10. Swansea West (Lab, maj: 504) Swing required 0.71%
11. Hull North (Lab, maj: 641) Swing required 0.96% Mike Ross selected
12. Rochdale (Lab, maj: 889) Swing required 0.97% Andrew Kelly selected
13. Harrogate and Knaresborough (Con, maj: 1039) Swing required 0.98% Helen Flynn selected
14. Watford (Con, maj: 1425) Swing required 1.29%
15. Hampstead and Kilburn (Lab, maj: 42) Swing required 1.51% Maajid Nawaz selected
16. Montgomeryshire (Con, maj: 1184) Swing required 1.75% Jane Dodds selected
17. Edinburgh North and Leith (Lab, maj: 1724) Swing required 1.82%Selection in process
18. St Albans (Con, maj: 2305) Swing required 2.19% Sandy Walkington selected
19. Newport East (Lab, maj: 1650) Swing required 2.39%Selection in process
20. Weston-Super-Mare (Con, maj: 2691) Swing required 2.56% Mike Bell selected
21. Hereford and Herefordshire South (Con, maj: 2481) Swing required 2.57% Lucy Hurds selected
22. Devon West and Torridge (Con, maj: 2957) Swing required 2.68% Paula Dolphin selected
23. Winchester (Con, maj: 3048) Swing required 2.73% Jackie Porter selected
24. Northampton North (Con, maj: 1936) Swing required 3.09%
25. Cornwall South East (Con, maj: 3220) Swing required 3.25% Phil Hutty selected
26. Bristol North West (Con, maj: 3274) Swing required 3.25%Selection in process
27. Durham, City of (Lab, maj: 3067) Swing required 3.32%
28. Dorset West (Con, maj: 3923) Swing required 3.42% Ros Kayes selected
29. Richmond Park (Con, maj: 4091) Swing required 3.45% Robin Meltzer selected
30. York Outer (Con, maj: 3688) Swing required 3.46% James Blanchard selected
31. Streatham (Lab, maj: 3259) Swing required 3.48% Amna Ahmad selected
32. Derby North (Lab, maj: 613) Swing required 3.65% Lucy Care selected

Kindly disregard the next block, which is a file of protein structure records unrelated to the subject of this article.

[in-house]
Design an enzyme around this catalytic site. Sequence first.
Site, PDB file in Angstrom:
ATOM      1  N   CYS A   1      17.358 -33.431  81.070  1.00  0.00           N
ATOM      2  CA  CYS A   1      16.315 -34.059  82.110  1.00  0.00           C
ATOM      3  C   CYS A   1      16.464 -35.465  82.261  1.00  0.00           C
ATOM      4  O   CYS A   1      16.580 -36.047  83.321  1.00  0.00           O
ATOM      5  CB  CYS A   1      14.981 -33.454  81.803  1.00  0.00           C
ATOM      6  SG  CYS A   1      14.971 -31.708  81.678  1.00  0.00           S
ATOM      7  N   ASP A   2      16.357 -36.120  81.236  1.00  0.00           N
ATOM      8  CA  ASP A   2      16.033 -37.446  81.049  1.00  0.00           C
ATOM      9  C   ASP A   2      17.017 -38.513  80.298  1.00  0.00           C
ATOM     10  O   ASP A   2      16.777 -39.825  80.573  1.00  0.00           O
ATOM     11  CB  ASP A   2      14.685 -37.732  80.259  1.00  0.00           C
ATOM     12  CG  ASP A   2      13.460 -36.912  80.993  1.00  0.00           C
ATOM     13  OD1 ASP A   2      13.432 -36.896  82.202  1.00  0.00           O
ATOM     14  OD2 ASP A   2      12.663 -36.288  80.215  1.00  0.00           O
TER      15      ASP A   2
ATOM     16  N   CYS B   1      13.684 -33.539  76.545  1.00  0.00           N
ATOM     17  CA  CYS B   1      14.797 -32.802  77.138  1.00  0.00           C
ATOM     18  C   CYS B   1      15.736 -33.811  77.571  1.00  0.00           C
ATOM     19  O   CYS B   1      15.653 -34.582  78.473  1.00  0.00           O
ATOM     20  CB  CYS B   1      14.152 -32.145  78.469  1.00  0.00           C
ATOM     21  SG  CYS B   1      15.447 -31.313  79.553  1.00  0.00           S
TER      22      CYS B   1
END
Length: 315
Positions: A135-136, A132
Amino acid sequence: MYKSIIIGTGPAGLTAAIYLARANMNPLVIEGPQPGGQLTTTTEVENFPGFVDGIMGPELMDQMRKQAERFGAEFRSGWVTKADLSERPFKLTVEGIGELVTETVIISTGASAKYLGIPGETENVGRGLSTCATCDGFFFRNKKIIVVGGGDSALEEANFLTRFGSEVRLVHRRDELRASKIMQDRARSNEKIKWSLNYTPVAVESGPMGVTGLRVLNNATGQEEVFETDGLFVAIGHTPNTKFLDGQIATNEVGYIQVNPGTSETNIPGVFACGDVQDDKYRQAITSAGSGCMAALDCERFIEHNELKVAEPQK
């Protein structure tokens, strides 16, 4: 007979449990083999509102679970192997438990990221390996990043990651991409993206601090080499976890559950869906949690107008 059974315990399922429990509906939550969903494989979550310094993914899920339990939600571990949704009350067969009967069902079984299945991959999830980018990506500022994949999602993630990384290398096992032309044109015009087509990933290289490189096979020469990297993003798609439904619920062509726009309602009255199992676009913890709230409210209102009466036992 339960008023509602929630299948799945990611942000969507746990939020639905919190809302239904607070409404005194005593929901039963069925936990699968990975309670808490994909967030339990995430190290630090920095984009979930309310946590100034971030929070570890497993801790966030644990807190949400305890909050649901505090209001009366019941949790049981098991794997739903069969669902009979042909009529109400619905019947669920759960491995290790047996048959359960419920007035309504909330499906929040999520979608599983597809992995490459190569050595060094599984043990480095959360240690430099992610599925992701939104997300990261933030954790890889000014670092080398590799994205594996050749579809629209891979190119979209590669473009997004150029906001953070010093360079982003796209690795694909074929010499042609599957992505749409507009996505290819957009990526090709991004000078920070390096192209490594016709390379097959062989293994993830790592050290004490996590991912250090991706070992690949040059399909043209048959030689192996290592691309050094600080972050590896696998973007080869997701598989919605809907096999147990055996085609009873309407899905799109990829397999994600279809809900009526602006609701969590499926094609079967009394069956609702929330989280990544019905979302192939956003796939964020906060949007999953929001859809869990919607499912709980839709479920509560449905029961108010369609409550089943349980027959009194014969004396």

33. Pontypridd (Lab, maj: 2785) Swing required 3.8% Mike Powell selected
34. Newcastle upon Tyne North (Lab, maj: 3414) Swing required 3.89%
35. Aberdeen South (Lab, maj: 3506) Swing required 4.07%
36. Islington South and Finsbury (Lab, maj: 3569) Swing required 4.1% Terry Stacy selected
37. Birmingham Hall Green (Lab, maj: 3799) Swing required 4.16% Jerry Evans selected
38. Romsey and Southampton North (Con, maj: 4156) Swing required 4.25% Ben Nicholls selected
39. Colne Valley (Con, maj: 4837) Swing required 4.37%
40. Oxford East (Lab, maj: 4581) Swing required 4.44% Mark Mann selected
41. Bosworth (Con, maj: 5032) Swing required 4.64% Michael Mullaney selected
42. Chelmsford (Con, maj: 5110) Swing required 4.68% Selection in process
43. Bristol South (Lab, maj: 4734) Swing required 4.9% Mark Wright selected
44. Totnes (Con, maj: 4927) Swing required 5.15% Julian Brazil selected
45. Cambridgeshire South East (Con, maj: 5946) Swing required 5.17% Jonathan Chatfield selected
46. Ealing Central and Acton (Con, maj: 3716) Swing required 5.2% Jon Ball selected
47. Warrington South (Con, maj: 1553) Swing required 5.45%
48. Wrexham (Lab, maj: 3658) Swing required 5.55%
49. Dunfermline and Fife West (Lab, maj: 5470) Swing required 5.59%
50. Tewkesbury (Con, maj: 6310) Swing required 5.85%

For the record, these are the 13 seats we lost in May 2010 (all feature above, in the top 50 targets):